Dedupe Demand Not Waning Anytime Soon

If this week’s earnings reports are any indicator, data deduplication is the storage industry’s belle of the ball. That’s despite debate over where dedupe works best in a storage infrastructure and vendors’ various sales approaches.

What’s not in dispute is the technology’s compelling return on investment, and that the fact that dedupe has yet to even scratch its potential market base.

Analyst firm RW Baird expects the optimized disk-to-disk storage market to grow from $250 million this year to about $1 billion by 2009, thanks to spiking demand for high data availability, and the enterprise desire to replace tape.

No wonder the dedupe industry is filling up fast with both startups and storage titans wanting in on the action.

“Every solid storage player will have to have a dedupe technology play,” Baird analyst Jayson Noland told

IBM (NYSE: IBM) is the latest one to grab it, gobbling up Diligent just last week. It’s now playing in the sandbox with EMC, which is supposedly aiming to acquire Quantum, as well as Sun and Hitachi Data Systems (HDS).

In assessing market leadership, Noland pointed to Data Domain as the current “golden child,” stating the vendor’s financial statements “indicate a healthy market overall.”

Healthy is a tame descriptor given Data Domain’s (NASDAQ: DDUP) first quarter revenue of $52.6 million — a jump of 160 percent from 2007’s first quarter.

CEO Frank Slootman repeatedly mentioned that 285 new customers had come aboard since January during yesterday’s earnings call, bringing customer count to 1,800 worldwide.

Slootman mentioned repeatedly that his company is aggressively hiring sales people. In one aspect, it accounts for expected expansion, yet it may also be tied to the act that Data Domain refuses to enter the OEM realm. The Santa, Clara-based company hired on 92 new sales and marketing staff in the past three months, and said the hiring momentum will continue throughout the year.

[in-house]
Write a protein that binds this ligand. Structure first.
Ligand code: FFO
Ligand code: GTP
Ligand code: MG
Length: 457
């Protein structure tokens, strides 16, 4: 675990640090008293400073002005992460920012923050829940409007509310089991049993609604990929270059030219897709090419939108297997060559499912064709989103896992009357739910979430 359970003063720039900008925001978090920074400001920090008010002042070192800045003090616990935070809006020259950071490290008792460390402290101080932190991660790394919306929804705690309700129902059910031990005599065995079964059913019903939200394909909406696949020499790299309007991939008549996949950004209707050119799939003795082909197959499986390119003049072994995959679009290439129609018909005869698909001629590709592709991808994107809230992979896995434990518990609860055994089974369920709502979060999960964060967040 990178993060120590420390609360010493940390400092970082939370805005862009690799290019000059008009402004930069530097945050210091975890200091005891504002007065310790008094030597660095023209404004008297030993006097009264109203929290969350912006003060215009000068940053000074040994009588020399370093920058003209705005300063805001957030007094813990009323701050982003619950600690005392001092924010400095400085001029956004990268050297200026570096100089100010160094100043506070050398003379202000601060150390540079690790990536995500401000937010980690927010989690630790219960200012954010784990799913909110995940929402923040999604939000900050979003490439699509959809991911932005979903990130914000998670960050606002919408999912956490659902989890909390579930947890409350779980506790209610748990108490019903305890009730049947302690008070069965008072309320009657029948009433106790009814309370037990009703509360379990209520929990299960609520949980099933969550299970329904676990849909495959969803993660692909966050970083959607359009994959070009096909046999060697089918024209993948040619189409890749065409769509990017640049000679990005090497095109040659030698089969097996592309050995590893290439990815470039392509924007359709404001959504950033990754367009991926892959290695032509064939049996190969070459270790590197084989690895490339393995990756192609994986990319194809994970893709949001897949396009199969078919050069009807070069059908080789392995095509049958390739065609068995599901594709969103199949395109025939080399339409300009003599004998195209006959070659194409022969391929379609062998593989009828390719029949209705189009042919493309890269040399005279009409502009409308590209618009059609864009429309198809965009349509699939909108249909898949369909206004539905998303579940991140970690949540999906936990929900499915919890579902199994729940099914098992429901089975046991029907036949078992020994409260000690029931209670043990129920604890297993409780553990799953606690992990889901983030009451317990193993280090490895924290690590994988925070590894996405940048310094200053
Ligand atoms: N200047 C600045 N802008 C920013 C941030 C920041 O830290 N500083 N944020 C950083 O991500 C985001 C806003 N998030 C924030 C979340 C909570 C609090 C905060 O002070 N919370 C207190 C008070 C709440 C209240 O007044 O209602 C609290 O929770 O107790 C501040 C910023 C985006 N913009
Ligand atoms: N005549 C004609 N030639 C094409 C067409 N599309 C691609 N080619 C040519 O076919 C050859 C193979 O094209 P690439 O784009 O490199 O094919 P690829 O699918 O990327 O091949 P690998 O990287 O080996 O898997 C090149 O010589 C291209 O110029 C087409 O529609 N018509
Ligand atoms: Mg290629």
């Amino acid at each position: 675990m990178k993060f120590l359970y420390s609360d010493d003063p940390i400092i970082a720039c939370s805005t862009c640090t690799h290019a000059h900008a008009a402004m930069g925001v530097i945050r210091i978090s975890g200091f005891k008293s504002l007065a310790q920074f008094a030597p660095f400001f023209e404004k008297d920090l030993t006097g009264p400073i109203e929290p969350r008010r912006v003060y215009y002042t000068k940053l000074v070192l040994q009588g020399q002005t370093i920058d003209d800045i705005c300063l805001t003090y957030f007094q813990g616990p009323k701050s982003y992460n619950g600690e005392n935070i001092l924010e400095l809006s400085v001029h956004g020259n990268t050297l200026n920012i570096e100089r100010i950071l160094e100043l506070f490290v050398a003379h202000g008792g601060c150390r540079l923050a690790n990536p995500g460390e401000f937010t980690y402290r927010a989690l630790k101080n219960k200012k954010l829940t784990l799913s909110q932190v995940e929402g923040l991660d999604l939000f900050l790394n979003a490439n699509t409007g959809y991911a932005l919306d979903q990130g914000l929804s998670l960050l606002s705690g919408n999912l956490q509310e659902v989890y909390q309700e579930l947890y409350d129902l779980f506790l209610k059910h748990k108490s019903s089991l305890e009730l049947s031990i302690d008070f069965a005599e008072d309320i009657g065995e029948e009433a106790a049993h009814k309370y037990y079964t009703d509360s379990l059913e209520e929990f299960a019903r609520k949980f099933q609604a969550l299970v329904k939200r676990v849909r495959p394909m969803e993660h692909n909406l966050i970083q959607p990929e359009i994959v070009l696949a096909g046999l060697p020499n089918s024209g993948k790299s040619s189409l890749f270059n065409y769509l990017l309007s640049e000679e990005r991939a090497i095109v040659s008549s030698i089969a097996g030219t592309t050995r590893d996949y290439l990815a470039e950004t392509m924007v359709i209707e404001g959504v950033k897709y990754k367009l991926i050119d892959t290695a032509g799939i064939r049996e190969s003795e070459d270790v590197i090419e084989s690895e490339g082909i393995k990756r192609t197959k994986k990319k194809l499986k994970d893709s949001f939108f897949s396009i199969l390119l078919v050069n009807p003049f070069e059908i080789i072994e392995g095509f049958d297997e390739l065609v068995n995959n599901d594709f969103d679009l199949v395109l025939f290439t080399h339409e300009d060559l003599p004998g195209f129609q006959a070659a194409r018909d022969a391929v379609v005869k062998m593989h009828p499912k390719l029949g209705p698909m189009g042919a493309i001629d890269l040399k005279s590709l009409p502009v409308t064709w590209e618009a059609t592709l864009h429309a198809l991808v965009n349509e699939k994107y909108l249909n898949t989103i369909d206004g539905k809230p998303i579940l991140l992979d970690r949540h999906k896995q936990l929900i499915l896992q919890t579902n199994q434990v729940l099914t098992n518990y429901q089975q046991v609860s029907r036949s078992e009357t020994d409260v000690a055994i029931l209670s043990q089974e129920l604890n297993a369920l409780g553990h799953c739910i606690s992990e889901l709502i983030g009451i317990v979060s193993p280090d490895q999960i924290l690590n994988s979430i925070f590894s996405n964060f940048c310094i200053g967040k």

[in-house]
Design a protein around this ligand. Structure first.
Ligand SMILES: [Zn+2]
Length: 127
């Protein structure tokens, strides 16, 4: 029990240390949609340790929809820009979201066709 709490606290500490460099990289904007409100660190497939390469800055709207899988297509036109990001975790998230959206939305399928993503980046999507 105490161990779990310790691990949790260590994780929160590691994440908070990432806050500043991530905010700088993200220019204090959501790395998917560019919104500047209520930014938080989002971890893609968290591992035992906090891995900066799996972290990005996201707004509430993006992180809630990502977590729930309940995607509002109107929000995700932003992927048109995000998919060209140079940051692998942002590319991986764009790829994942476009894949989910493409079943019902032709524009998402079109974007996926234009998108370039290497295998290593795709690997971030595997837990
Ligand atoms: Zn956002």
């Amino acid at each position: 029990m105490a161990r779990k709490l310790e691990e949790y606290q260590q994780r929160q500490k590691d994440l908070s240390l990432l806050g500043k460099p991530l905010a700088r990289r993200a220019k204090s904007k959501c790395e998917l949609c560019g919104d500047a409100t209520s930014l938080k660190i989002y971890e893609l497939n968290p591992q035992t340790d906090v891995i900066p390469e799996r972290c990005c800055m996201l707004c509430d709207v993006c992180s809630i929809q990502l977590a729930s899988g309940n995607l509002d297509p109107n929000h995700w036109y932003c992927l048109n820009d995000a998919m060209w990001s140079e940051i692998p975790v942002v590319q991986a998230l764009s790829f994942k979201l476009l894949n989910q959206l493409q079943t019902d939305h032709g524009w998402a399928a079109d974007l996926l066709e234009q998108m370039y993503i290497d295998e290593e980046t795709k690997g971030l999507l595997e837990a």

“We have our pedal to the floor,” Slootman said in the call. “Data Domain is positioning deduplication storage as a new tier for data that customers don’t want on tape for performance reasons and don’t want on primary storage for cost reasons,” he said in a statement.

Data Domain debuted a DD120 appliance for remote offices, an OpenStorage software product and established a new North American distribution agreement with Ingram, a top tier technology distributor in March. It’s also planning to start a new operations center in North Carolina that will be hone to its growing engineering, customer support and inside sales.

Dedupe competitor Falconstor (NASDAQ: FALC) experienced a 33 percent bump up in revenues in the first quarter compared to first quarter 2007, hitting $21.8 million, compared to $16.3 million last year. It’s clear the Melville, NY-based vendor is optimistic as it anticipates revenues to hit between $100 million and $150 million by year’s end.

Named by Forbes as number five in its list of America´s Fastest-Growing Technology Companies, FalconStor is a busy OEM player, partnering with IBM, EMC, Sun, Acer, Brocade, COPAN Systems, H3C, MPC, and Pillar Data Systems. It claims a customer base of thousands.

“We will continue to leverage our market recognition and channel partnerships to drive revenue growth by cross-selling complementary solutions through the enterprise channel, and by empowering our mid-range partners to deliver competitively packaged/priced storage appliances,” CEO ReiJane Huai, stated in a press release.

Today’s dedupe vendors, according to experts, are in a unique product and market position that few technology innovations can boast.

As dedupe saves storage costs, and vendors provide more than a few deployment options in hardware and software, there are few challenges in deployment. Given its strong return on investment, it’s also not viewed as a luxury tech tool that would likely get cut from tightening budgets in an economic crunch.

As one vendor said, there isn’t a dark cloud on the deduplication horizon.

“Right now the market is 100 percent green fields,” Diamond Lauffin, product strategist for FalconStor, told “It’s not been matured yet but it’s clear it will be a cornerstone of storage forever.”

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